Jump to ContentJump to Main Navigation
Contending with ModernityCatholic Higher Education in the Twentieth Century$
Users without a subscription are not able to see the full content.

Philip Gleason

Print publication date: 1996

Print ISBN-13: 9780195098280

Published to Oxford Scholarship Online: November 2020

DOI: 10.1093/oso/9780195098280.001.0001

Show Summary Details
Page of

PRINTED FROM OXFORD SCHOLARSHIP ONLINE (oxford.universitypressscholarship.com). (c) Copyright Oxford University Press, 2021. All Rights Reserved. An individual user may print out a PDF of a single chapter of a monograph in OSO for personal use. date: 05 March 2021

The Impact of World War I

The Impact of World War I

Chapter:
Chapter 3 The Impact of World War I
Source:
Contending with Modernity
Author(s):

Philip Gleason

Publisher:
Oxford University Press
DOI:10.1093/oso/9780195098280.003.0008

The importance of World War I as a watershed in twentieth-century American history has long been recognized, and recent studies agree that that interpretation applies to higher education and to American Catholic history. Not surprisingly, it also applies to the development of Catholic higher education. The war did not in itself revolutionize that activity, but by reinforcing and accelerating tendencies already at work it closed the door on one epoch and set the stage for another. The decisive difference between the two eras was that the war settled in favor of the modernizing reformers the debate over the organizational issues discussed in Chapter 2. This came about because efforts to rationalize Catholic higher education were swept along in what David M. Kennedy has called “the great war-forced march toward a better articulated structuring of American life.” Coming after two decades of industrial consolidation and in the midst of a craze for “efficiency,” wartime mobilization brought the movement for planning and control to an unprecedented level of intensity. “Czars” were appointed, or national commissions established, to supervise industrial production, agriculture and food distribution, fuel supplies, labor, the railroads, and shipping. Mobilization of opinion was entrusted to the Committee on Public Information, which reached into every corner of the land, including the schools. This was all carried on at a high pitch of patriotism; the same emotion, along with the felt need to keep pace with ongoing changes, led to the creation of many voluntary agencies of coordination, such as the American Council on Education and the National Research Council, to mention two quite important for higher education. By far the most important result of this impulse among American Catholics was formation in 1917 of the National Catholic War Council and its transformation after the war into a permanent organization called the National Catholic Welfare Conference (both of which used the initials NCWC). Scholars have only recently begun to unravel the complexities of this story, but their work makes clear that, precisely because the NCWC represented so important a step toward centralization, its formation aroused fierce opposition from Catholics fearful of encroachments on their own freedom of action.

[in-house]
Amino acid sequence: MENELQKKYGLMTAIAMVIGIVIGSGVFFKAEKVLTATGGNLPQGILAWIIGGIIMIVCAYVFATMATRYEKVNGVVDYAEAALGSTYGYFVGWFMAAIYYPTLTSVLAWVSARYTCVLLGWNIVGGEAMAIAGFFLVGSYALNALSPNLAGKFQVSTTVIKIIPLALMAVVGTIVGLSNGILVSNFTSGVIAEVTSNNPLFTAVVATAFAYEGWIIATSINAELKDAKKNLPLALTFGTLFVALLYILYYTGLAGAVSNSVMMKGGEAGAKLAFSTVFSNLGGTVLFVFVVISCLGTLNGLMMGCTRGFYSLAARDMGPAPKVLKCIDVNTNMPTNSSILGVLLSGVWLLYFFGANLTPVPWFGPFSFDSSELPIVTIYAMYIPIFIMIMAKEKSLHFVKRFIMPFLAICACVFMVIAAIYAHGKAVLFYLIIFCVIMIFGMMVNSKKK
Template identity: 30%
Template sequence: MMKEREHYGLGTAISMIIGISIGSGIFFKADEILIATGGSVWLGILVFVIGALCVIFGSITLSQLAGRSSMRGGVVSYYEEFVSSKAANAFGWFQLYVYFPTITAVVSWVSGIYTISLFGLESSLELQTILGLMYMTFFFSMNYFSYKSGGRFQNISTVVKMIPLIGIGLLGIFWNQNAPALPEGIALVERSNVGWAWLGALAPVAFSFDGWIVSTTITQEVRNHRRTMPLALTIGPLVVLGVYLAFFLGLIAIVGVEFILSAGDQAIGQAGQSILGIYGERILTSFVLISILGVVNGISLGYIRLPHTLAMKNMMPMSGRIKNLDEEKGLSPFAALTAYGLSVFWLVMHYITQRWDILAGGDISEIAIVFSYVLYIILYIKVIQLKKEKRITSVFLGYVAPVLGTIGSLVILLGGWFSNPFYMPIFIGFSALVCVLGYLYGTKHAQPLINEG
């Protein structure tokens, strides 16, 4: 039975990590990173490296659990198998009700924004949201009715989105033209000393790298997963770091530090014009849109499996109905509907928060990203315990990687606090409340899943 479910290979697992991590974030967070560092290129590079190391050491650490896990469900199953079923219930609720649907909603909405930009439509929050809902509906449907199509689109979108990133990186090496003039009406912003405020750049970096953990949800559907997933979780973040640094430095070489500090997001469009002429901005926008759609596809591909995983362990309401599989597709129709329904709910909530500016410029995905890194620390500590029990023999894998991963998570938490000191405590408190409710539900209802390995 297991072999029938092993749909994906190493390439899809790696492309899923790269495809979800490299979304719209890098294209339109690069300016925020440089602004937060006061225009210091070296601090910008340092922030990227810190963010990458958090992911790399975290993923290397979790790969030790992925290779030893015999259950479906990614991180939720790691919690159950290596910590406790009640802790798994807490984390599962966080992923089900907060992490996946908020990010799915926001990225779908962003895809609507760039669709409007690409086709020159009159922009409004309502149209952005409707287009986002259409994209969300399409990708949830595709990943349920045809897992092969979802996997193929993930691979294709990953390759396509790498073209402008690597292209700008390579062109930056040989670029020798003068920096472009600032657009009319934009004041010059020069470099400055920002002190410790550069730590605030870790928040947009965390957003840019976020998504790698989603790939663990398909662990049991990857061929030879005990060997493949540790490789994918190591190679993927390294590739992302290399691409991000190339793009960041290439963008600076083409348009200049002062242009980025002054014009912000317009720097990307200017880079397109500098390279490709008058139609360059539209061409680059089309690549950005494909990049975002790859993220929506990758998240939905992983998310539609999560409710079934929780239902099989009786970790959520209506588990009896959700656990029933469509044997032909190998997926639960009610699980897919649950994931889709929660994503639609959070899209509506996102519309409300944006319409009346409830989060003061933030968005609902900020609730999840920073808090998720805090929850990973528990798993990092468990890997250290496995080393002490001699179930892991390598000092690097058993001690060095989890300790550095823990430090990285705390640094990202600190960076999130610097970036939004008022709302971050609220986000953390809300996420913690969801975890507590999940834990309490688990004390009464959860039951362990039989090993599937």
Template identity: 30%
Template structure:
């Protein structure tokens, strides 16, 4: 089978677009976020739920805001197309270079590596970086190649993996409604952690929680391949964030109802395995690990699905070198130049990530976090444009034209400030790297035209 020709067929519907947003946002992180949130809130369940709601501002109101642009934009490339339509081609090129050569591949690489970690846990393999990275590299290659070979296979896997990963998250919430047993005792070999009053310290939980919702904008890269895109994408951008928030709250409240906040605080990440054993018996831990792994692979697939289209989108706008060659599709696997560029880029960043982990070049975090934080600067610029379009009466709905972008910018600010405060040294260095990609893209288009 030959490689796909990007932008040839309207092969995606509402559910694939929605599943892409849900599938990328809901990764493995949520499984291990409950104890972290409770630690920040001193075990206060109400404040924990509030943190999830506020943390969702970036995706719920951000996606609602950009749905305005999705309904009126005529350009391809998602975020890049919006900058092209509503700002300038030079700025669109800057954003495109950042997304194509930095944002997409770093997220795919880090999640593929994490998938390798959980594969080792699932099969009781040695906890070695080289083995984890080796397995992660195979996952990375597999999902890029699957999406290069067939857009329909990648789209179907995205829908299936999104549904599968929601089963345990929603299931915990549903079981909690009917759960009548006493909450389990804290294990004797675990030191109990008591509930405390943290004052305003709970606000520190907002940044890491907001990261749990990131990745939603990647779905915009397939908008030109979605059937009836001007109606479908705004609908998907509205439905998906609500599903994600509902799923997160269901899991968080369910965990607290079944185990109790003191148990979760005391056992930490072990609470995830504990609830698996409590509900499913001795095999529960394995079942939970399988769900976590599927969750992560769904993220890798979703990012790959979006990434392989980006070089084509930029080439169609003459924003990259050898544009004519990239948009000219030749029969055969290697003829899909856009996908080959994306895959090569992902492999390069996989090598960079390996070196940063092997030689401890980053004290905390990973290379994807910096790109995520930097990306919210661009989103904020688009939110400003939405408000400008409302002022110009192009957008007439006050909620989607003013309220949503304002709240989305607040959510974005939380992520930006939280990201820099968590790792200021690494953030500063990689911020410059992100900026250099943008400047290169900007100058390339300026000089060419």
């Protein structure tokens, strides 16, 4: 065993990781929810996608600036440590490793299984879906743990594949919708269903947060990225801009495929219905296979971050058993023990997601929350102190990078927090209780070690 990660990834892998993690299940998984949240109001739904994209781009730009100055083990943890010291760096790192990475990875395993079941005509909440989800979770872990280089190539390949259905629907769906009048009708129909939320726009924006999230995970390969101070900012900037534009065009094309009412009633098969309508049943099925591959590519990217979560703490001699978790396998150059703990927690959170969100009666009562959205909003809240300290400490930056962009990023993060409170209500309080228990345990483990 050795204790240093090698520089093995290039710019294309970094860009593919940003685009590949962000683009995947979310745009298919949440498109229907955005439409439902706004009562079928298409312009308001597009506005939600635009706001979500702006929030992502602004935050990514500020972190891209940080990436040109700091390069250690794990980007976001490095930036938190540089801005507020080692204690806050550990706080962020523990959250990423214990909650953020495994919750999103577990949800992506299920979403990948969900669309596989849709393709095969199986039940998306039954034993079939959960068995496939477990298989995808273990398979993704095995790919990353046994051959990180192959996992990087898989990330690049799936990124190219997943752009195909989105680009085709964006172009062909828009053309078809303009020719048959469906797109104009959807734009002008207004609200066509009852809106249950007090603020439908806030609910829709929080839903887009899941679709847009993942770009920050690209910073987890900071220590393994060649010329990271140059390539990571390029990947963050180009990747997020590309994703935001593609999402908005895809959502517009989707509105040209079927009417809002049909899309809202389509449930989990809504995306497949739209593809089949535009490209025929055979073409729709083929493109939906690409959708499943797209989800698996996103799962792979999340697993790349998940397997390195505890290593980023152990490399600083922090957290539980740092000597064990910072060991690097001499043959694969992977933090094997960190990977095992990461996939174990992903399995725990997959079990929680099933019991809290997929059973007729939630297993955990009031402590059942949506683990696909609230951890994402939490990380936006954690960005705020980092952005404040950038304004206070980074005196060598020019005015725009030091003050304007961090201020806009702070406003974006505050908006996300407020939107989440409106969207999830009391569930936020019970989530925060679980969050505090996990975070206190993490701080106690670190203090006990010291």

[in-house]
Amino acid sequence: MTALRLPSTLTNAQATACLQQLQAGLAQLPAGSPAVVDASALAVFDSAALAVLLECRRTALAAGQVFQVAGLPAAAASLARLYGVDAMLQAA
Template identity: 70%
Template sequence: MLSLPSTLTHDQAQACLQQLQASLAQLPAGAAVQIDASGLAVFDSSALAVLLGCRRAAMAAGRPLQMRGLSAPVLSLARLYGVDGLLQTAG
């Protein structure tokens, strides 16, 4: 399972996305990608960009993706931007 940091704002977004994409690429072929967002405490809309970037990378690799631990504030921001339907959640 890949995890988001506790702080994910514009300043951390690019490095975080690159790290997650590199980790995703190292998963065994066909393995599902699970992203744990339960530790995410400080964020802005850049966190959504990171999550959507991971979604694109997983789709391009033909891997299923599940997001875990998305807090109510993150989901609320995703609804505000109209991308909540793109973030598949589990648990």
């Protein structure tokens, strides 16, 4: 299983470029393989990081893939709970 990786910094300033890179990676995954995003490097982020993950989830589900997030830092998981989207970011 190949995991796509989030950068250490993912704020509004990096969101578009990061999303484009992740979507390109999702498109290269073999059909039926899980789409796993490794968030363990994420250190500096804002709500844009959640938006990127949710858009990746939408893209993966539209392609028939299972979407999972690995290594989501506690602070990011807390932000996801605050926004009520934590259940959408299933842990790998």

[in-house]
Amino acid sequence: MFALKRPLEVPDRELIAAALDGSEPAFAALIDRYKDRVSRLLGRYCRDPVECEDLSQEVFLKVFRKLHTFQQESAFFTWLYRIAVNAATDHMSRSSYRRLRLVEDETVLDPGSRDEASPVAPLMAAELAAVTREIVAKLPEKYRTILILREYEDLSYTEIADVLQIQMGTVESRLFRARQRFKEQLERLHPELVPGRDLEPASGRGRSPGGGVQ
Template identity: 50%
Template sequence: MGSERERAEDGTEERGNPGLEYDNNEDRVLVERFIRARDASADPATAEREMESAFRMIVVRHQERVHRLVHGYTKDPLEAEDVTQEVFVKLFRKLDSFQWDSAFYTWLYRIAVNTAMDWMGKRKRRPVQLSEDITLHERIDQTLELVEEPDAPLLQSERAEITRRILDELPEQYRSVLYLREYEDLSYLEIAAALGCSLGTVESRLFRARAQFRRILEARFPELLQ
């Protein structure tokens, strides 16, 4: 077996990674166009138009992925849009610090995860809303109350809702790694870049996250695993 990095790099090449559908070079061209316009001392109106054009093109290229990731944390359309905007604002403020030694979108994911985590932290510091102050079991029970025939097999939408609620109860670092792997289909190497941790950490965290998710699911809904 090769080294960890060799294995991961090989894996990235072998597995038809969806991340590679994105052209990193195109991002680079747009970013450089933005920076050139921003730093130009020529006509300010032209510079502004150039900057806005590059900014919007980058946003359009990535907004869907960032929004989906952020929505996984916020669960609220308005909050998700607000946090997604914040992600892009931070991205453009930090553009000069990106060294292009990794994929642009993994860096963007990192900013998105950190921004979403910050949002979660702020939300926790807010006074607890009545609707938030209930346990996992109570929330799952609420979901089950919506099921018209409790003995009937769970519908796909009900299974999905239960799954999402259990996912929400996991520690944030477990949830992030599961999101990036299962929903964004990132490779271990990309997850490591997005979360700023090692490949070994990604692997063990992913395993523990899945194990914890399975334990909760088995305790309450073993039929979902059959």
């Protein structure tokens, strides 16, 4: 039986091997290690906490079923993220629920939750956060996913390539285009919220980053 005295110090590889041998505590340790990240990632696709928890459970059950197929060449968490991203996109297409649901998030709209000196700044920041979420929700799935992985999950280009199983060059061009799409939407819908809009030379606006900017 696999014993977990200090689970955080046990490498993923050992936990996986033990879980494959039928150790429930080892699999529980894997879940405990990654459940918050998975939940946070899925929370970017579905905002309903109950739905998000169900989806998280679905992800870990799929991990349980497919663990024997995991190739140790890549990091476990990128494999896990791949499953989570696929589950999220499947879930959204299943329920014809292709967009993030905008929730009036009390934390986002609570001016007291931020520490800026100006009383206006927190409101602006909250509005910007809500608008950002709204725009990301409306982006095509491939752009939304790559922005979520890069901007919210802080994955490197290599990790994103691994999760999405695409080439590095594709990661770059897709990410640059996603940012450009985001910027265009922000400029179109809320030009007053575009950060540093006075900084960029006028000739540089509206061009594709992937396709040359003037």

Keywords:   Americanism, Boston College, Catholic high schools, Educational associations, Middle States Association, National Research Council, Smith-Towner bill, Students' Army Training Corps, Veterans, World War

Oxford Scholarship Online requires a subscription or purchase to access the full text of books within the service. Public users can however freely search the site and view the abstracts and keywords for each book and chapter.

Please, subscribe or login to access full text content.

If you think you should have access to this title, please contact your librarian.

To troubleshoot, please check our FAQs , and if you can't find the answer there, please contact us .